To practice medicine in Texas, you need a valid medical license. It takes years of education to become a doctor and to earn the credentials to qualify for a medical license.
According to the Association of American Medical Colleges, it takes anywhere from seven to 15 years to become a physician. Since it takes significant time and effort to become a doctor, there are steps you should take to protect your reputation and license to practice medicine.
Avoid negligent behavior
Patients expect their physicians to provide a certain standard of care. If you cannot maintain a proper level of care, your medical license could face revocation. Negligence that leads to license revocation can include general sloppiness, human error or oversight of important information.
Renew your license before it expires
Depending on state requirements, you likely need to renew your medical license every few years. Do not wait to renew your license until after the deadline arrives. If you do not renew your license before it expires, you could face penalties and fees.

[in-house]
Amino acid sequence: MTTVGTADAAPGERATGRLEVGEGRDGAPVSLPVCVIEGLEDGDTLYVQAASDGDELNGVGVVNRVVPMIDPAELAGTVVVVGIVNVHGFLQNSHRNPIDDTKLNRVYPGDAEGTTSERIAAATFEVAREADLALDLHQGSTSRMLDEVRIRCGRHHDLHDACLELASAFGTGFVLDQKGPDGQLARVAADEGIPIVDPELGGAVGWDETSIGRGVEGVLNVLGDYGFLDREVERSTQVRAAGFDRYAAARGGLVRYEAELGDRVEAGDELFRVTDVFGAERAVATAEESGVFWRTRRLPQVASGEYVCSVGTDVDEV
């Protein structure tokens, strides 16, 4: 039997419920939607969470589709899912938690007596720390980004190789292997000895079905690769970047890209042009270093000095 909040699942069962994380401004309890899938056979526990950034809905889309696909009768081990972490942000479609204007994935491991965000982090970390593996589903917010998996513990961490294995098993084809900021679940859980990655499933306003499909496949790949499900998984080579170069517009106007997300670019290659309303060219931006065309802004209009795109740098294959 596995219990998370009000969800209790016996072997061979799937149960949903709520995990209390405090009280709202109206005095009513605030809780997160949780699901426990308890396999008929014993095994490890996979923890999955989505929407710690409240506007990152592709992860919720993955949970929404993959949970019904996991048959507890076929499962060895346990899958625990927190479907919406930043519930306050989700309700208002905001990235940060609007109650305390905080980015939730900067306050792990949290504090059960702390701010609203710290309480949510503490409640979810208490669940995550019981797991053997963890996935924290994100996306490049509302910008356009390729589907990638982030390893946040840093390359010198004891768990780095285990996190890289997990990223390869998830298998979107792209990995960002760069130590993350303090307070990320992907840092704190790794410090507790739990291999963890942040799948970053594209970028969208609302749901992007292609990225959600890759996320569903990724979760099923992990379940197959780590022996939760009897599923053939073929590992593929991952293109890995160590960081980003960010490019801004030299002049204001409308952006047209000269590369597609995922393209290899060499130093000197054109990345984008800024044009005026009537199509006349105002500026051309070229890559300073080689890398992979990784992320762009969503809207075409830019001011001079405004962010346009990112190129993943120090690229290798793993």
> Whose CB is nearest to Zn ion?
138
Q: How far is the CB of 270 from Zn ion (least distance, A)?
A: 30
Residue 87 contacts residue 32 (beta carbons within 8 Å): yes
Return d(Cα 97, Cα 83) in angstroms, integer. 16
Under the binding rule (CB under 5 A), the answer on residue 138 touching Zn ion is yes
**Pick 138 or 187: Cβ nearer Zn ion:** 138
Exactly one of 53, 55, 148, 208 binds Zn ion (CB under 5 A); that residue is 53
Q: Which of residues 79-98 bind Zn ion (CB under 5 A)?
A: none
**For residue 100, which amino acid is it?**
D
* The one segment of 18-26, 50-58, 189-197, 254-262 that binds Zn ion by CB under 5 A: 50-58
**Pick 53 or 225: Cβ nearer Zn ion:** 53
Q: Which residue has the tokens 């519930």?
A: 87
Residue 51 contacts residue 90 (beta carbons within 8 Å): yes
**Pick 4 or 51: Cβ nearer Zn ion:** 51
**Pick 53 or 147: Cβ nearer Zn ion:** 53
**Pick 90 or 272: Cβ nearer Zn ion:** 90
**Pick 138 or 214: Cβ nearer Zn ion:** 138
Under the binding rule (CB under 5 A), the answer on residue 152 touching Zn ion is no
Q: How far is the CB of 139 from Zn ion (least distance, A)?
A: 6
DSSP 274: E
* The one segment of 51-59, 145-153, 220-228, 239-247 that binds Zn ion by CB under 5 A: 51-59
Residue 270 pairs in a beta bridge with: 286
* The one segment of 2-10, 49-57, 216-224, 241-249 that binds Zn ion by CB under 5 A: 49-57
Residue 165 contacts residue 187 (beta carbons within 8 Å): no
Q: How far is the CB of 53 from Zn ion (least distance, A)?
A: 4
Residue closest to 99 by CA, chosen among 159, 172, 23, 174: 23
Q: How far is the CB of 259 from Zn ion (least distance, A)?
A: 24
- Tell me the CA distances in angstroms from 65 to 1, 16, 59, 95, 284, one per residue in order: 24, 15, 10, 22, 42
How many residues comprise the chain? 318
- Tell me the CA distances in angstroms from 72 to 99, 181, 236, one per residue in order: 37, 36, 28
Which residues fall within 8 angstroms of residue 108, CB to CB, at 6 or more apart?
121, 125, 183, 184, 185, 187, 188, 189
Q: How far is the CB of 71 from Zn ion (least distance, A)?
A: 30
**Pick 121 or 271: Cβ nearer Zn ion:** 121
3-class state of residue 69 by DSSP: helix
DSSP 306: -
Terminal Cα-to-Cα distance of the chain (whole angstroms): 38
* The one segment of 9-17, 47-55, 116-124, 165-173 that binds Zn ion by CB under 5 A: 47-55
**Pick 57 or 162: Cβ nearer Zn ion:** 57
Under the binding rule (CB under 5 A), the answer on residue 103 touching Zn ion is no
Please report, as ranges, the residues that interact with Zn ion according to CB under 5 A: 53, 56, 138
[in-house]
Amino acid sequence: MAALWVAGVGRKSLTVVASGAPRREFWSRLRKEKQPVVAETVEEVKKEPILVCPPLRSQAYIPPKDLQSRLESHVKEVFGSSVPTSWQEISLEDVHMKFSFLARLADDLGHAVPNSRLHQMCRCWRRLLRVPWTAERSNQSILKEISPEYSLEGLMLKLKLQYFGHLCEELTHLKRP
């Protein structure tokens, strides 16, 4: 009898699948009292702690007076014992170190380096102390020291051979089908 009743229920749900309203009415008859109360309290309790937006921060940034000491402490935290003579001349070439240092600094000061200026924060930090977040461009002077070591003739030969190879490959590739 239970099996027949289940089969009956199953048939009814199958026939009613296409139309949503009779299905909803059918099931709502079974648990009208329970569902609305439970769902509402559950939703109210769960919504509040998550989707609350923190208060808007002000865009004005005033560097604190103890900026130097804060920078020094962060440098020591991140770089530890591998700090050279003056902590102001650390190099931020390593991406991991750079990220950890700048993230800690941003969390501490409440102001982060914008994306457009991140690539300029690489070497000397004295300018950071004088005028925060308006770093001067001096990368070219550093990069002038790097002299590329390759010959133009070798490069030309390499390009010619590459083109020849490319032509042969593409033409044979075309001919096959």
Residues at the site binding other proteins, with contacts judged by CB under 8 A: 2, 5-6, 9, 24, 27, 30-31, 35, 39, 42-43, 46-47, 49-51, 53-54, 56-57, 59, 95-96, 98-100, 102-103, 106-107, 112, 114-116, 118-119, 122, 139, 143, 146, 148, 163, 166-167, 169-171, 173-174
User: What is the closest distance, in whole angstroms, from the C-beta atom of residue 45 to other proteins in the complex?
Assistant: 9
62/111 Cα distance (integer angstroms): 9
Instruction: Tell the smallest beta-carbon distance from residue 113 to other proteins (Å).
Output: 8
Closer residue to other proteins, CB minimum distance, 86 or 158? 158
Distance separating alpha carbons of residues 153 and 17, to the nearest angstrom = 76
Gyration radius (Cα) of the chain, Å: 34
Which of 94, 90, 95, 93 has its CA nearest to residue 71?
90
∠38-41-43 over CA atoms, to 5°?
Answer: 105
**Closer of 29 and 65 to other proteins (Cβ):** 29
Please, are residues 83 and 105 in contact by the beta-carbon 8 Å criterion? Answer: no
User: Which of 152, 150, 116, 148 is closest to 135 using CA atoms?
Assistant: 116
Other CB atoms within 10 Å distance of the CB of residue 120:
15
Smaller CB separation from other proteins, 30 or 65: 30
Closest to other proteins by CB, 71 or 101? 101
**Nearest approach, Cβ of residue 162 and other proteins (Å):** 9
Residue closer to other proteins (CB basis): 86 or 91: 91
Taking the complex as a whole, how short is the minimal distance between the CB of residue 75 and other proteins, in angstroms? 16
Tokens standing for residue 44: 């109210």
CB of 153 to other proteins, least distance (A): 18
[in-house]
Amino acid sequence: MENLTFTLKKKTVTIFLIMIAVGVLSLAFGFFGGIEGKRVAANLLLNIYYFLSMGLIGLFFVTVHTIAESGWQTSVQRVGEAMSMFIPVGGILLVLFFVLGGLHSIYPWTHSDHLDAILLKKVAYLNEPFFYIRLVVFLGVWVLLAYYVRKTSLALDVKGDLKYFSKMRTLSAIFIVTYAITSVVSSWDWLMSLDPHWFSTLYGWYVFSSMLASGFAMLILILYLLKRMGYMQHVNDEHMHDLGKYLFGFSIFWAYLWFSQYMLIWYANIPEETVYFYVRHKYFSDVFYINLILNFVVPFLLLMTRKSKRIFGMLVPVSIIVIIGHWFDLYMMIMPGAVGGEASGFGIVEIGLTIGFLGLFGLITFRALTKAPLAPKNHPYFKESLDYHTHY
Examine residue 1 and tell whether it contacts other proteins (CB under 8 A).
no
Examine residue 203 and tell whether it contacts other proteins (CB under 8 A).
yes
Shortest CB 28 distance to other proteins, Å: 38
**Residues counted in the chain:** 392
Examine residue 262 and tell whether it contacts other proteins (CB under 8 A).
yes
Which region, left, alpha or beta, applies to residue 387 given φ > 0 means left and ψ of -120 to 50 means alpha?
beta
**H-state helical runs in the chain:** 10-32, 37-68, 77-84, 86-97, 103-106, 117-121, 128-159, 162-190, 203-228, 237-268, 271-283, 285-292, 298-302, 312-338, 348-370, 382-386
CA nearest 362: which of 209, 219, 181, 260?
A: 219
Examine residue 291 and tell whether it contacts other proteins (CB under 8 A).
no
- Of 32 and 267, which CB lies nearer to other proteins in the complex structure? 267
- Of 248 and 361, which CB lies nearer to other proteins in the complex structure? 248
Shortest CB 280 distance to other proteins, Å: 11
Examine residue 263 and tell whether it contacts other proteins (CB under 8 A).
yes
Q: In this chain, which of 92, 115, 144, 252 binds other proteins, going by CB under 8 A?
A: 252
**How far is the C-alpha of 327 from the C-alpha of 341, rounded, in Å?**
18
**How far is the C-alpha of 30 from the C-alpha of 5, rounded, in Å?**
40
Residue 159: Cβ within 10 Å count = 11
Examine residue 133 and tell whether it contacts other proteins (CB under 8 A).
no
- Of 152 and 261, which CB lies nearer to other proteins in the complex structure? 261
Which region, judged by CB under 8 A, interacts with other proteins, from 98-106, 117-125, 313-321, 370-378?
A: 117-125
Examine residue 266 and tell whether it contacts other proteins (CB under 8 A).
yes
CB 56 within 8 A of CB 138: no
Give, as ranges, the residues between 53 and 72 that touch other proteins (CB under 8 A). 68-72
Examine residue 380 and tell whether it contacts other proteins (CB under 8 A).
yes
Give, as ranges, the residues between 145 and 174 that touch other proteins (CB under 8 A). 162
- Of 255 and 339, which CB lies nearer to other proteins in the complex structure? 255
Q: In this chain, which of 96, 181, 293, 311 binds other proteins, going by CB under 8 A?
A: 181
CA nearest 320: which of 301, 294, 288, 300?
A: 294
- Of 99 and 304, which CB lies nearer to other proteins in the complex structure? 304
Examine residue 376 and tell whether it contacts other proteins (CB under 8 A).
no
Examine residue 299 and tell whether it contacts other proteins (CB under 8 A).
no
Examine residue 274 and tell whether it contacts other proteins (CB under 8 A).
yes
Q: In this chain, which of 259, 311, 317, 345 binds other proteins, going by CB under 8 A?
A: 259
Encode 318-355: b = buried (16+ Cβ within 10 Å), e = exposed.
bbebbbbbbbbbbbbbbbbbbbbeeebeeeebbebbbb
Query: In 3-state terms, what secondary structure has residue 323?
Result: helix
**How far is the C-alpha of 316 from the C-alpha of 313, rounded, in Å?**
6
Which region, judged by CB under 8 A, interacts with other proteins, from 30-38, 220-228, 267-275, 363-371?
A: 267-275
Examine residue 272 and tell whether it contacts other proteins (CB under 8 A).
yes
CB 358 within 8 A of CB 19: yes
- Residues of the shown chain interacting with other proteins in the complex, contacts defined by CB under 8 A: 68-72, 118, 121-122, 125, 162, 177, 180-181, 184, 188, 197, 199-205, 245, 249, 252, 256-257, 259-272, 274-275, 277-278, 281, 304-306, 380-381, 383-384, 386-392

Watch for medication violations
As a physician, you have the authority to prescribe prescription medication to your patients. Practice good judgment while prescribing and only prescribe medications that are necessary. When prescribing controlled substances, like opioids, take even more caution than usual.
Your patients and their families rely on you to provide fair and proper treatment while receiving medical care. By taking these proactive actions to protect your medical license, you could avoid allegations of improper conduct or negligence during your career.